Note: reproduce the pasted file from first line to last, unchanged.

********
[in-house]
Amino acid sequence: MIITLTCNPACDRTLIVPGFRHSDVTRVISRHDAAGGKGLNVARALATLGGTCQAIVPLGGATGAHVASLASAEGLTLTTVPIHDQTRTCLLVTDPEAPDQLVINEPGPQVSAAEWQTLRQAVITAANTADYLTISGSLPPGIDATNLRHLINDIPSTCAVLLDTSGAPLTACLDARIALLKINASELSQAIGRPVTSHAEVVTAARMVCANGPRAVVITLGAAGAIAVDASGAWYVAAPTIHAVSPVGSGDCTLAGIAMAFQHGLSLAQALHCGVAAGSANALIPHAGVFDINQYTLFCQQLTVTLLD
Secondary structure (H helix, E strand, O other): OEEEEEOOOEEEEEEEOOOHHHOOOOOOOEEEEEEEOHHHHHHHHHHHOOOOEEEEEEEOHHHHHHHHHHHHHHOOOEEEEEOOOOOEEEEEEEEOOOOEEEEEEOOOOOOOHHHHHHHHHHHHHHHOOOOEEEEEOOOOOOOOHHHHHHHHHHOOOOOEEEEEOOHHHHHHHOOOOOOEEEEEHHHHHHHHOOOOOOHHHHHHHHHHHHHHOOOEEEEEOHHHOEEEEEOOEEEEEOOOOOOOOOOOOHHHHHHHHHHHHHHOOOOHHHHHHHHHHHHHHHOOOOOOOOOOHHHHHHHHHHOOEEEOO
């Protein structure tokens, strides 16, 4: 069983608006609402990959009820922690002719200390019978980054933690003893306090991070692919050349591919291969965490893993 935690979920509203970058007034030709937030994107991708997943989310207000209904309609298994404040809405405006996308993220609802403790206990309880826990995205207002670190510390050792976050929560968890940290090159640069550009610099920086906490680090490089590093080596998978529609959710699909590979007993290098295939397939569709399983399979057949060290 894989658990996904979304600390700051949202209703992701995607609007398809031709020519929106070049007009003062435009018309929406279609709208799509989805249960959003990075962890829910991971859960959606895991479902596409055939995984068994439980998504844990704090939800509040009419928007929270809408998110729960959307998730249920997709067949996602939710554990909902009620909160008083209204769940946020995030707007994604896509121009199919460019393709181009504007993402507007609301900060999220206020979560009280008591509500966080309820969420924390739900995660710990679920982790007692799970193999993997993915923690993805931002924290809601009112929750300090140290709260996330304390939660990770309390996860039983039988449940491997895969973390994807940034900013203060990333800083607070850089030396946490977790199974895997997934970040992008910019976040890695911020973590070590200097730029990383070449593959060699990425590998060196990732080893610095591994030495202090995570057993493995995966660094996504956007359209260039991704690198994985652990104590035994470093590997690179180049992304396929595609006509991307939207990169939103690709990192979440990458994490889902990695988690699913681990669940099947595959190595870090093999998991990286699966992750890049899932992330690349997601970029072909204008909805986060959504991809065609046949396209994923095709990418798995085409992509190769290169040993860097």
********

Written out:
[in-house]
Amino acid sequence: MIITLTCNPACDRTLIVPGFRHSDVTRVISRHDAAGGKGLNVARALATLGGTCQAIVPLGGATGAHVASLASAEGLTLTTVPIHDQTRTCLLVTDPEAPDQLVINEPGPQVSAAEWQTLRQAVITAANTADYLTISGSLPPGIDATNLRHLINDIPSTCAVLLDTSGAPLTACLDARIALLKINASELSQAIGRPVTSHAEVVTAARMVCANGPRAVVITLGAAGAIAVDASGAWYVAAPTIHAVSPVGSGDCTLAGIAMAFQHGLSLAQALHCGVAAGSANALIPHAGVFDINQYTLFCQQLTVTLLD
Secondary structure (H helix, E strand, O other): OEEEEEOOOEEEEEEEOOOHHHOOOOOOOEEEEEEEOHHHHHHHHHHHOOOOEEEEEEEOHHHHHHHHHHHHHHOOOEEEEEOOOOOEEEEEEEEOOOOEEEEEEOOOOOOOHHHHHHHHHHHHHHHOOOOEEEEEOOOOOOOOHHHHHHHHHHOOOOOEEEEEOOHHHHHHHOOOOOOEEEEEHHHHHHHHOOOOOOHHHHHHHHHHHHHHOOOEEEEEOHHHOEEEEEOOEEEEEOOOOOOOOOOOOHHHHHHHHHHHHHHOOOOHHHHHHHHHHHHHHHOOOOOOOOOOHHHHHHHHHHOOEEEOO
């Protein structure tokens, strides 16, 4: 069983608006609402990959009820922690002719200390019978980054933690003893306090991070692919050349591919291969965490893993 935690979920509203970058007034030709937030994107991708997943989310207000209904309609298994404040809405405006996308993220609802403790206990309880826990995205207002670190510390050792976050929560968890940290090159640069550009610099920086906490680090490089590093080596998978529609959710699909590979007993290098295939397939569709399983399979057949060290 894989658990996904979304600390700051949202209703992701995607609007398809031709020519929106070049007009003062435009018309929406279609709208799509989805249960959003990075962890829910991971859960959606895991479902596409055939995984068994439980998504844990704090939800509040009419928007929270809408998110729960959307998730249920997709067949996602939710554990909902009620909160008083209204769940946020995030707007994604896509121009199919460019393709181009504007993402507007609301900060999220206020979560009280008591509500966080309820969420924390739900995660710990679920982790007692799970193999993997993915923690993805931002924290809601009112929750300090140290709260996330304390939660990770309390996860039983039988449940491997895969973390994807940034900013203060990333800083607070850089030396946490977790199974895997997934970040992008910019976040890695911020973590070590200097730029990383070449593959060699990425590998060196990732080893610095591994030495202090995570057993493995995966660094996504956007359209260039991704690198994985652990104590035994470093590997690179180049992304396929595609006509991307939207990169939103690709990192979440990458994490889902990695988690699913681990669940099947595959190595870090093999998991990286699966992750890049899932992330690349997601970029072909204008909805986060959504991809065609046949396209994923095709990418798995085409992509190769290169040993860097």